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Er'cana pellet production is essentially a manufacturing process that is ostensibly controlled by Time, Pressure and Temperature. These descriptors are arbitrarily presumptive from the symbols, and it matters not one iota what they actually are, if one or more be something different. These are merely labels for them. Aside from completing the combination of Er'cana and Ahnonay using a pellet drop to properly illuminate the lower Bahro cave and reveal the Cleft imager "code," it's my understanding Kadish created Er'cana to harvest materials and produce pellets to feed the lake algae and illuminate the Uru cavern. The pellet efficacy tool gives a numerical score for each pellet that's placed in it, and the higher the score, the better the pellet is for the Uru cavern lake and resulting illumination. Even if this isn't entirely accurate, higher scores are considered "better."

The goal then is to find settings for Time, Pressure and Temperature that will maximize the pellet score. One could try various combinations of settings to see what happens, and seek the optimal directly by trial and error. That's usually not very efficient, nor is it conducive to creating a mathematical model that can predict the score for a specific control settings, whether or not they've been used before. A structured approach to characterizing the process and creating a model for it is much more efficient and ultimately should be much more effective. Thus, the effort at the outset is to obtain data that can be used to characterize process response (pellet score) to control settings and not to directly find the optimal ones. The first step is a set of "screening runs" to determine whether each control affects pellet score, and to determine if there may be interactions between controls (i.e. one control setting changes how another affects process response). The customary method is selecting a "high" and "low" setting for each control and designing an experiment performing a series of "runs" using them. The absolute control limits could be used (in this case 1 and 50) but that is generally inadvisable. My personal, professional experience doing these analyses in real life has reinforced that. Could have used 5 and 45 for each, but decided to bring them in a little more to 10 and 40.

From an experiment design perspective, there are 3 controls and if we use two levels for each, there are 2^3 = 8 combinations for a full factorial. However, we don't need to run all 8 to learn something about the process. We can run half of them in a specific half-fraction design of 4 runs called a Latin Square and still learn quite a bit. That we get 5 pellets from each run eliminates the necessity to perform "replications" of each run, provided we have confidence the process is reasonably stable (i.e. repeatable). Results might vary for another run using the same settings, but it is presumed that variance will be insignificant compared to the effect changing settings will have. If it isn't stable, then doing any experimentation, structured or otherwise, is utterly futile and the first goal in real life is stabilizing the process to make it reasonably repeatable. There could be a 3-way interaction among all the settings, but that would be rare indeed (in real life). The Latin Square used confounds any 3-way (time, press, and temp) interaction across the main effects individually and any of the three possible 2-way interactions there might be among pairs of them. The four initial runs used the following settings:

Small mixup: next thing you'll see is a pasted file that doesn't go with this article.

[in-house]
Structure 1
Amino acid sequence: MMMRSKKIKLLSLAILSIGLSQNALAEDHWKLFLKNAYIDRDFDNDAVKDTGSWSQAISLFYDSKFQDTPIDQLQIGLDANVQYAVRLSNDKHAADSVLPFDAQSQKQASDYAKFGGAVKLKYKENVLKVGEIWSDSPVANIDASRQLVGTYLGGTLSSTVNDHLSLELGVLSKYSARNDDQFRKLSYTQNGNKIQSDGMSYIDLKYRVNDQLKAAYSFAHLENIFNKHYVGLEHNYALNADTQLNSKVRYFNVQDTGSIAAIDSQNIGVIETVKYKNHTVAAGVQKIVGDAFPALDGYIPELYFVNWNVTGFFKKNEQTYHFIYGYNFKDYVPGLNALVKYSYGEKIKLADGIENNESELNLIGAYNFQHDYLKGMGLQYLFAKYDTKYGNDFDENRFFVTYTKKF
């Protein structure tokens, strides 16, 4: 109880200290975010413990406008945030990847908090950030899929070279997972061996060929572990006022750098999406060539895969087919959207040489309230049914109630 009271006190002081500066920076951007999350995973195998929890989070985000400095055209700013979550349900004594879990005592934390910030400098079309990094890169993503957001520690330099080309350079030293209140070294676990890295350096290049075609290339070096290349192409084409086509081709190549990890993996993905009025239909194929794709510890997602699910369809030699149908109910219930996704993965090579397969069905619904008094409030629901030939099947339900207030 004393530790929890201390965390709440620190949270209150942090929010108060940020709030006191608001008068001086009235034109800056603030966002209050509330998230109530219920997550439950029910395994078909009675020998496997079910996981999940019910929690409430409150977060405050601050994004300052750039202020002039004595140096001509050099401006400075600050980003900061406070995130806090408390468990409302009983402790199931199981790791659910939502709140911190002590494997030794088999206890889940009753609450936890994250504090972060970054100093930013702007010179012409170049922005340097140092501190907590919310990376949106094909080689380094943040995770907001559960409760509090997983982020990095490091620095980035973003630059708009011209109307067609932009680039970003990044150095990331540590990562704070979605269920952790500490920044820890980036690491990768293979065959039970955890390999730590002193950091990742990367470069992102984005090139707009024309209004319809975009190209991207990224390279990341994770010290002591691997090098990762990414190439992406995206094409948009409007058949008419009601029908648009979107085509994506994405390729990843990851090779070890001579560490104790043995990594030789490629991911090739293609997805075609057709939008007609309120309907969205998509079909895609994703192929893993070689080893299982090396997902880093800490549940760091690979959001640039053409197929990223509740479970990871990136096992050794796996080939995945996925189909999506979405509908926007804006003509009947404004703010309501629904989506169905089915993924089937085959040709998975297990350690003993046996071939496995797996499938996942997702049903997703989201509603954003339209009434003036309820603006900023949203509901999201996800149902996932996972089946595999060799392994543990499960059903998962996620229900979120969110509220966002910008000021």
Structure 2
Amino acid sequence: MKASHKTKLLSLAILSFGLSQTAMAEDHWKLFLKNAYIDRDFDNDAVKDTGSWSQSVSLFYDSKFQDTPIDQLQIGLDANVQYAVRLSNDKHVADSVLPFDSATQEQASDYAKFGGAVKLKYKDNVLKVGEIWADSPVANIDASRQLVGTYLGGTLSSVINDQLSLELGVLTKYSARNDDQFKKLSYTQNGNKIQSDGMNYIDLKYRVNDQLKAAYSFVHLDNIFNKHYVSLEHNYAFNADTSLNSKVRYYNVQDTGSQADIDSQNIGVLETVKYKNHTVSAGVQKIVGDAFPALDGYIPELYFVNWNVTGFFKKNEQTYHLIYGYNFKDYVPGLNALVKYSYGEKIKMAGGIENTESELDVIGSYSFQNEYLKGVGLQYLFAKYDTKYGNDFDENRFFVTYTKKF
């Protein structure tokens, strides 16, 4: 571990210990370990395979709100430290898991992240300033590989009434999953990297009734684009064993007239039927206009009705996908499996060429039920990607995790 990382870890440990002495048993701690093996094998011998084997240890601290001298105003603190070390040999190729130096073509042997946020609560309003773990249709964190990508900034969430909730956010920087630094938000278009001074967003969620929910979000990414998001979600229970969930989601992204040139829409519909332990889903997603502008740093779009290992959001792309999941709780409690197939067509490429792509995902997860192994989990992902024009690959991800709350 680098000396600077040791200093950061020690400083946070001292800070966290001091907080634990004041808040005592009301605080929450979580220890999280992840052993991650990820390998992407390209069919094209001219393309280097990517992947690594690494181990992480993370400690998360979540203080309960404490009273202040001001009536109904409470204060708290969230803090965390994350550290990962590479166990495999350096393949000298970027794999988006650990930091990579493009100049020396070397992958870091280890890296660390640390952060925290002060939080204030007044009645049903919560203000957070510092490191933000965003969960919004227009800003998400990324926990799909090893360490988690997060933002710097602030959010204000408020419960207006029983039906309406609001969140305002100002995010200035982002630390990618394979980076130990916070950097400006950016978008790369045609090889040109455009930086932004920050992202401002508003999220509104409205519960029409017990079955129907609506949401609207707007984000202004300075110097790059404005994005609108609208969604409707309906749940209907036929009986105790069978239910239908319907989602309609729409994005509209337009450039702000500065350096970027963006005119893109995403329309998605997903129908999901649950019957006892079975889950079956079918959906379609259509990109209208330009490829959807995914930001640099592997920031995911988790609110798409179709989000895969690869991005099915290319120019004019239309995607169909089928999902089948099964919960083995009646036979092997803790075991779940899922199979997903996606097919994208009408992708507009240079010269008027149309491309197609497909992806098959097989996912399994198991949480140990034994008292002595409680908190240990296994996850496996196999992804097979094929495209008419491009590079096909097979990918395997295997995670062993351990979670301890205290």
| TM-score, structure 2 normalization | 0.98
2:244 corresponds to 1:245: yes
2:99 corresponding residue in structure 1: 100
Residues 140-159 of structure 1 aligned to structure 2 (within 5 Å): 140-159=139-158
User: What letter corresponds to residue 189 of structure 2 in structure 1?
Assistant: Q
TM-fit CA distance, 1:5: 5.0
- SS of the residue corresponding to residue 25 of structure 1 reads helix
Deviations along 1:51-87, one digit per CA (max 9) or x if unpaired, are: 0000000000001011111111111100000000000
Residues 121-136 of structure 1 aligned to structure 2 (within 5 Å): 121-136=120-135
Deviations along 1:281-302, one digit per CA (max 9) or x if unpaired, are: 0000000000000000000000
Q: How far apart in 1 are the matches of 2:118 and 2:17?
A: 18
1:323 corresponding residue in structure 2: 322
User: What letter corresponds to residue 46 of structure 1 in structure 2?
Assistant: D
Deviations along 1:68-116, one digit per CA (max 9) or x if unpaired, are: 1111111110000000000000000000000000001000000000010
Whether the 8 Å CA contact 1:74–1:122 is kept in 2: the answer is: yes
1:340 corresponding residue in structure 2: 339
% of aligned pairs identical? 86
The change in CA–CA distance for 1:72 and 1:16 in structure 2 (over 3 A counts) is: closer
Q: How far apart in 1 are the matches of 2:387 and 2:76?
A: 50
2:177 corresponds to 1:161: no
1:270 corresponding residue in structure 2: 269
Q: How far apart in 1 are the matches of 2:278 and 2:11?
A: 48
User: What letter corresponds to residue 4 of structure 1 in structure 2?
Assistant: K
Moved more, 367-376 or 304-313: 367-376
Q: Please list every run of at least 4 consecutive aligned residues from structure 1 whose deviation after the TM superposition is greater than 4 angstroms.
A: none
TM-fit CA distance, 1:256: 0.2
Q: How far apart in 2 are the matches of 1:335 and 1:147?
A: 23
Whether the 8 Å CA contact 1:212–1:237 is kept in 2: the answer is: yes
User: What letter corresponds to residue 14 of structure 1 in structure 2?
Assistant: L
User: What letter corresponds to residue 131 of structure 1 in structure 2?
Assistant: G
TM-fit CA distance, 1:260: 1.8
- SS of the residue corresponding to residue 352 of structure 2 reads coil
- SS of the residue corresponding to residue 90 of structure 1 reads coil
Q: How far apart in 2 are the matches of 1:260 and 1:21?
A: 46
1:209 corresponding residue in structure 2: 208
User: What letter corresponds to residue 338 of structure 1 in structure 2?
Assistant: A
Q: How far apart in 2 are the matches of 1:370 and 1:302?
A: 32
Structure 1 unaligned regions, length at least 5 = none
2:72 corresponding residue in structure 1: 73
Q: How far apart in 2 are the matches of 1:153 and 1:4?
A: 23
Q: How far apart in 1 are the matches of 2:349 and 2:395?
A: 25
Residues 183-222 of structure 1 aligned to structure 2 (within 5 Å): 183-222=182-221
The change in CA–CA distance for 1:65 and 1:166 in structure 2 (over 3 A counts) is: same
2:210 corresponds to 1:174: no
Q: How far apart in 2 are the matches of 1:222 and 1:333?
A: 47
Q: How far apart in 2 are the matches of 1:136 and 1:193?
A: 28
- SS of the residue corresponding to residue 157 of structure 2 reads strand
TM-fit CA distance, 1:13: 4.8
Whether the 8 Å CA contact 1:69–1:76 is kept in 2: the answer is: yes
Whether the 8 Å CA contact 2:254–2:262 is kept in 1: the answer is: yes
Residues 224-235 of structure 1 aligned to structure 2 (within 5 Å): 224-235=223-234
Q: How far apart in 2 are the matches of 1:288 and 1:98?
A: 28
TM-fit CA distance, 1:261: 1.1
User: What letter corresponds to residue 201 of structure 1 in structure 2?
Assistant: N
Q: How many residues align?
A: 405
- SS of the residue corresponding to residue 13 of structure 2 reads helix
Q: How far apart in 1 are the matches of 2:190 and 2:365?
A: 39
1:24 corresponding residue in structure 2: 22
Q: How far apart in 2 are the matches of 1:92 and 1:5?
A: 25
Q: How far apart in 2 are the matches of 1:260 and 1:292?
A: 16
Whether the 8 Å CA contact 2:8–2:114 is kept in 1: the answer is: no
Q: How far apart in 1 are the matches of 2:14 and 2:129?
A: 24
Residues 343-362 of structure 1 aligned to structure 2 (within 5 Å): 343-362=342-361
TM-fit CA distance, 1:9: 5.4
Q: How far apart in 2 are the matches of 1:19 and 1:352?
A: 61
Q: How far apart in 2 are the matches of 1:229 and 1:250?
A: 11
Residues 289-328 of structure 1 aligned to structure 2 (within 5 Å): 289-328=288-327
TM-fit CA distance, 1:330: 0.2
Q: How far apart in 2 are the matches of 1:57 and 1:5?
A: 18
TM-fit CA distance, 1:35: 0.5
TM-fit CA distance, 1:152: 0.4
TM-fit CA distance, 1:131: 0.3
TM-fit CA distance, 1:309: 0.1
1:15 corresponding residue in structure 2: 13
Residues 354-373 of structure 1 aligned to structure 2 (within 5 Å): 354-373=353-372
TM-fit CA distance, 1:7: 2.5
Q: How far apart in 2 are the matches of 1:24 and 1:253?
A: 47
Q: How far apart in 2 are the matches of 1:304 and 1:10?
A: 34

Time Press. Temp.
    10 -- 10 -- 10
    10 -- 40 -- 40
    40 -- 10 -- 40
    40 -- 40 -- 10

In experiment design jargon, this type of design is called "orthogonal." Note that each level for each control occurs twice, and the combination used for any two control settings is not repeated (e.g. Time = 10 and Temp = 10 occurs once, and only once). The first discovery made was finding a "process edge" or boundary. Run number 3 with time and temperature both set to 40 resulted in a zero score. This is not good as it's considered a process "failure." A fifth run done with time, temperature and pressure all set to 40 also resulted in a zero score, another process failure. The problem, if 40 is used for the high level of Time and Temperature, is not knowing how far below that the two must be paired to produce a score greater than zero, even if it's tiny. A sixth run using 37.5 for Time and Temperature (with 10 for Pressure) resulted in a non-zero score. The other two runs with Time and Temperature set to 40 were rerun using 37.5 with the following results, averaging the scores for the 5 pellets produced in each run.

Time Press. Temp. Avg. Score